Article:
The original ultrasound dataset includes 49 patients with acute Achilles tendon rupture, all of whom underwent repair surgery and were closely monitored thereafter. The age of patients ranged from 18 to 50 years with a mean age of 36 years. The ultrasound examination was performed at 10 respective intervals: preoperatively, 1 week, 3, 6, 9, 12 weeks after, 4.5, 6, 9 and 12 months after the reconstruction. Additionally, 18 healthy volunteers have been scanned once. For all the examinations a GE 3D high-resolution Voluson E8 Expert ultrasound machine has been used with linear probes 5–18 MHz. The total dataset consists of 565 3D US exams but in this work, we focus on 2D scans only. Clinically, sagittal and axial scanning planes are used interchangeably by rotating the transducer, so we conduct the experiments separately for both. Considering the 2D slices, the final dataset includes 253,639 sagittal scans, 245,366 from patients with ruptured tendon and 8,273 from healthy patients. Alternatively, it consists of 467,548 axial scans, 450,816 injured and 16,732 healthy. The healing progression for an exemplary patient is shown in Fig. 1. Though a detailed analysis can be done only by a trained medical professional, one can observe that the filamentous structures are more visible on the sagittal cross-sections while axial slices present in more details the tissue surrounding, edema and internal tendon pattern.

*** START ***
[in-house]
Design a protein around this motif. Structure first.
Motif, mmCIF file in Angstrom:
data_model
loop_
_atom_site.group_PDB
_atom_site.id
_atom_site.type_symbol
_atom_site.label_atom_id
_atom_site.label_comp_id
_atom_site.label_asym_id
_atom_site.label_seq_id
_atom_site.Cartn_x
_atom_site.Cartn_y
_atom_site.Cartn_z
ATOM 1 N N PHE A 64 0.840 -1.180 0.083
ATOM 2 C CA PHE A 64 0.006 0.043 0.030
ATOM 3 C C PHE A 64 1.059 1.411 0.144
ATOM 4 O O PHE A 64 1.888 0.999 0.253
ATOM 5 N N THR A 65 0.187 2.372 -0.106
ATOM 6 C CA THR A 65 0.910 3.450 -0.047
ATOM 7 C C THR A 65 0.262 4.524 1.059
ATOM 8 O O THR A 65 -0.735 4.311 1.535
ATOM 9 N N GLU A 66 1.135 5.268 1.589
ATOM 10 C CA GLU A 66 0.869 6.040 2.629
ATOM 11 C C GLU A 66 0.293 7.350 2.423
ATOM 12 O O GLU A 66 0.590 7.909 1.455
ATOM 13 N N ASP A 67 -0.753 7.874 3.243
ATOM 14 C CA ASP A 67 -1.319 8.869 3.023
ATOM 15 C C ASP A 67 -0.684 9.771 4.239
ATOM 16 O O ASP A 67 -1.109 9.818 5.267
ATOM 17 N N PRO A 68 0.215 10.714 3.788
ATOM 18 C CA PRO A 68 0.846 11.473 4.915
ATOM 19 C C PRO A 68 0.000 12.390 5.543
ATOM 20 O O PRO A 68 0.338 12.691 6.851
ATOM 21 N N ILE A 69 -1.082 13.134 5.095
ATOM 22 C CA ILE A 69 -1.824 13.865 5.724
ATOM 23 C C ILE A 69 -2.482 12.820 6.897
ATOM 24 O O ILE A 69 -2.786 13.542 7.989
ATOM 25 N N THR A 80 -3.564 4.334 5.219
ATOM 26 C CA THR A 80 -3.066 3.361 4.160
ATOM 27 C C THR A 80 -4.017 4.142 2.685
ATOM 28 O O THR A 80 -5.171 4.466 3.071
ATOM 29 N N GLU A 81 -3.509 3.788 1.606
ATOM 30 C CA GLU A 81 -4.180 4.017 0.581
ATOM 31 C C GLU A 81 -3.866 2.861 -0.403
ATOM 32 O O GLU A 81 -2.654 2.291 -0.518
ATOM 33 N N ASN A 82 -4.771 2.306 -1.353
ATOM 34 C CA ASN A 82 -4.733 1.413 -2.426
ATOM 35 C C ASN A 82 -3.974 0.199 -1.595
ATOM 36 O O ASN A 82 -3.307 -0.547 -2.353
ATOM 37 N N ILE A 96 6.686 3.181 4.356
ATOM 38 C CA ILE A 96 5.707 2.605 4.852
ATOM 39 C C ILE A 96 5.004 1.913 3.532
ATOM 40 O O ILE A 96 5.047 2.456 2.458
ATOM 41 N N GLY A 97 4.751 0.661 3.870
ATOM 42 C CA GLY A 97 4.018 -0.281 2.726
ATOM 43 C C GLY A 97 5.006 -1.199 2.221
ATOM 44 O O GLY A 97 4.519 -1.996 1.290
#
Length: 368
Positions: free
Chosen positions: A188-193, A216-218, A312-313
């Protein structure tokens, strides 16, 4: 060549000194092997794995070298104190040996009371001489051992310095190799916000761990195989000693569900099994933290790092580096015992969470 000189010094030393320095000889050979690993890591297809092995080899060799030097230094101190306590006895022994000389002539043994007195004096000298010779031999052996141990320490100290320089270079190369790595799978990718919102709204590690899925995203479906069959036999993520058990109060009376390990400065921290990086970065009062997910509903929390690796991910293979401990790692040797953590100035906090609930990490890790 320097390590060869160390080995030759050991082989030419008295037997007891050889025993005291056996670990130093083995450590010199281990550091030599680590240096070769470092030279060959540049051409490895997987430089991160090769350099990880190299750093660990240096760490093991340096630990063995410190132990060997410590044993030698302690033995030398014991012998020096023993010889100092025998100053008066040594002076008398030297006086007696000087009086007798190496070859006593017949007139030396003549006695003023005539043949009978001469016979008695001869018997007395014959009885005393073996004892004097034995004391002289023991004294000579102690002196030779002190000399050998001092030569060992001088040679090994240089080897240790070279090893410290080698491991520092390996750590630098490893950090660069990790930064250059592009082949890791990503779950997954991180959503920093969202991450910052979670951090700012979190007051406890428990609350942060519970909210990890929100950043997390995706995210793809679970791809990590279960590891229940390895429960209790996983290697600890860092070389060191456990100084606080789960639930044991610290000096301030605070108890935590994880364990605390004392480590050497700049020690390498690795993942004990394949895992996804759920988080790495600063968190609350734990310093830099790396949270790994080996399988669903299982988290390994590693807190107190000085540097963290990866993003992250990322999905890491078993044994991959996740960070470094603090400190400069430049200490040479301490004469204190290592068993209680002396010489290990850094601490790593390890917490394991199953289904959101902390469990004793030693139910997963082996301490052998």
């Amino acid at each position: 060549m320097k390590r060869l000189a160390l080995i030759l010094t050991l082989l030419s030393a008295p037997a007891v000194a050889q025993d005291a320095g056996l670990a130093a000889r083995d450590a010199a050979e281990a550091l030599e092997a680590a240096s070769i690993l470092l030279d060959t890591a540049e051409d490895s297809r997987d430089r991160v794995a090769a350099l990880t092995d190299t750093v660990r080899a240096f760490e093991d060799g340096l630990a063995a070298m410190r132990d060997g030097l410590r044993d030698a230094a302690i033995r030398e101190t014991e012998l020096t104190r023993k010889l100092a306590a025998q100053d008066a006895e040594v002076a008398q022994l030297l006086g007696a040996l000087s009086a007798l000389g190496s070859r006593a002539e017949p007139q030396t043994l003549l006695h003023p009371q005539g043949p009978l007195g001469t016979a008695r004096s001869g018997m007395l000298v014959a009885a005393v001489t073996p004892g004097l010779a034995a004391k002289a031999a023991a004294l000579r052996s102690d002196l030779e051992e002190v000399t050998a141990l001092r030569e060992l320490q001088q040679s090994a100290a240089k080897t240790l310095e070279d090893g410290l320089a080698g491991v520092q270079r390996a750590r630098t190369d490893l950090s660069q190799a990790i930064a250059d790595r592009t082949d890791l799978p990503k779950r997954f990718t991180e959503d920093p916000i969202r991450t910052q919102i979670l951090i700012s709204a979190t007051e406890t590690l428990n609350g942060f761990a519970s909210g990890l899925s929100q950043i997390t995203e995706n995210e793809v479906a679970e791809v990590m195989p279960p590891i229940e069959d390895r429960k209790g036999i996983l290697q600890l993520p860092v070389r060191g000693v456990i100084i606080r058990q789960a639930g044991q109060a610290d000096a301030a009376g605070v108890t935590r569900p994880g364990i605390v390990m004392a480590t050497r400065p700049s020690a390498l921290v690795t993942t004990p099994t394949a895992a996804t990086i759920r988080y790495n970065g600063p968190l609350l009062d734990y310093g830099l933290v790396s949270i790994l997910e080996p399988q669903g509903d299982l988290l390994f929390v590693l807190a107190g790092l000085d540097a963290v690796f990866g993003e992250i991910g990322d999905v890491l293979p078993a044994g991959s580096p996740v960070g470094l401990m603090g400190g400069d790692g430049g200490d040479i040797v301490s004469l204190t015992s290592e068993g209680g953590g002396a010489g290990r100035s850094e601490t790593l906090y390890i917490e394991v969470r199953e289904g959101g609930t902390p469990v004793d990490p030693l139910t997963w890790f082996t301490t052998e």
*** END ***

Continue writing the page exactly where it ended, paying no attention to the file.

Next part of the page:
sagittal axial
Architecture Accuracy Precision Recall Accuracy Precision Recall
AlexNet 0.84600.087 0.9200.08 0.7800.11 0.84300.075 0.9300.06 0.7300.11
Inception-v3 0.91600.049 0.9700.04 0.9000.06 0.90100.052 0.9500.3 0.8700.07
ResNet50 0.90700.039 0.9600.05 0.8900.08 0.91200.046 0.9500.04 0.8800.06
Table 1: Five-fold cross-validation results for the balanced dataset of 2D US scans.

3 Experiments

3.1 Binary classification

We train three network architectures: AlexNet [6], Inception-v3 and ResNet50 [2]